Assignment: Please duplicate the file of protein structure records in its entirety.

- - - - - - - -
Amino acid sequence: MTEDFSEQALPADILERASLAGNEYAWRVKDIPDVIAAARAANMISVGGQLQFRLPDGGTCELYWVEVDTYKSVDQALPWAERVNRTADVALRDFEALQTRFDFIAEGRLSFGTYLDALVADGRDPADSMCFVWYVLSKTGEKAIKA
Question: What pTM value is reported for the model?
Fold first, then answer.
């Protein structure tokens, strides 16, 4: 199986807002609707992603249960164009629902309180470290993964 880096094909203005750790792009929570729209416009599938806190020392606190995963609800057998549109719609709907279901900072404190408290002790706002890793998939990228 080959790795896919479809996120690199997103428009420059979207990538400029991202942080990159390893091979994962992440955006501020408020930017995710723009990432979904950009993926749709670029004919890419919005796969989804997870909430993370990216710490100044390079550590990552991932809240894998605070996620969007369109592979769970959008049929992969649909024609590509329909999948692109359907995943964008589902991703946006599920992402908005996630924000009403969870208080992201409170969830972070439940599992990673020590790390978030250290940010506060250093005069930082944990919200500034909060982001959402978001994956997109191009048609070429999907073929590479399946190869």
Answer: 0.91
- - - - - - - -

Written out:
Amino acid sequence: MTEDFSEQALPADILERASLAGNEYAWRVKDIPDVIAAARAANMISVGGQLQFRLPDGGTCELYWVEVDTYKSVDQALPWAERVNRTADVALRDFEALQTRFDFIAEGRLSFGTYLDALVADGRDPADSMCFVWYVLSKTGEKAIKA
Question: What pTM value is reported for the model?
Fold first, then answer.
């Protein structure tokens, strides 16, 4: 199986807002609707992603249960164009629902309180470290993964 880096094909203005750790792009929570729209416009599938806190020392606190995963609800057998549109719609709907279901900072404190408290002790706002890793998939990228 080959790795896919479809996120690199997103428009420059979207990538400029991202942080990159390893091979994962992440955006501020408020930017995710723009990432979904950009993926749709670029004919890419919005796969989804997870909430993370990216710490100044390079550590990552991932809240894998605070996620969007369109592979769970959008049929992969649909024609590509329909999948692109359907995943964008589902991703946006599920992402908005996630924000009403969870208080992201409170969830972070439940599992990673020590790390978030250290940010506060250093005069930082944990919200500034909060982001959402978001994956997109191009048609070429999907073929590479399946190869």
Answer: 0.91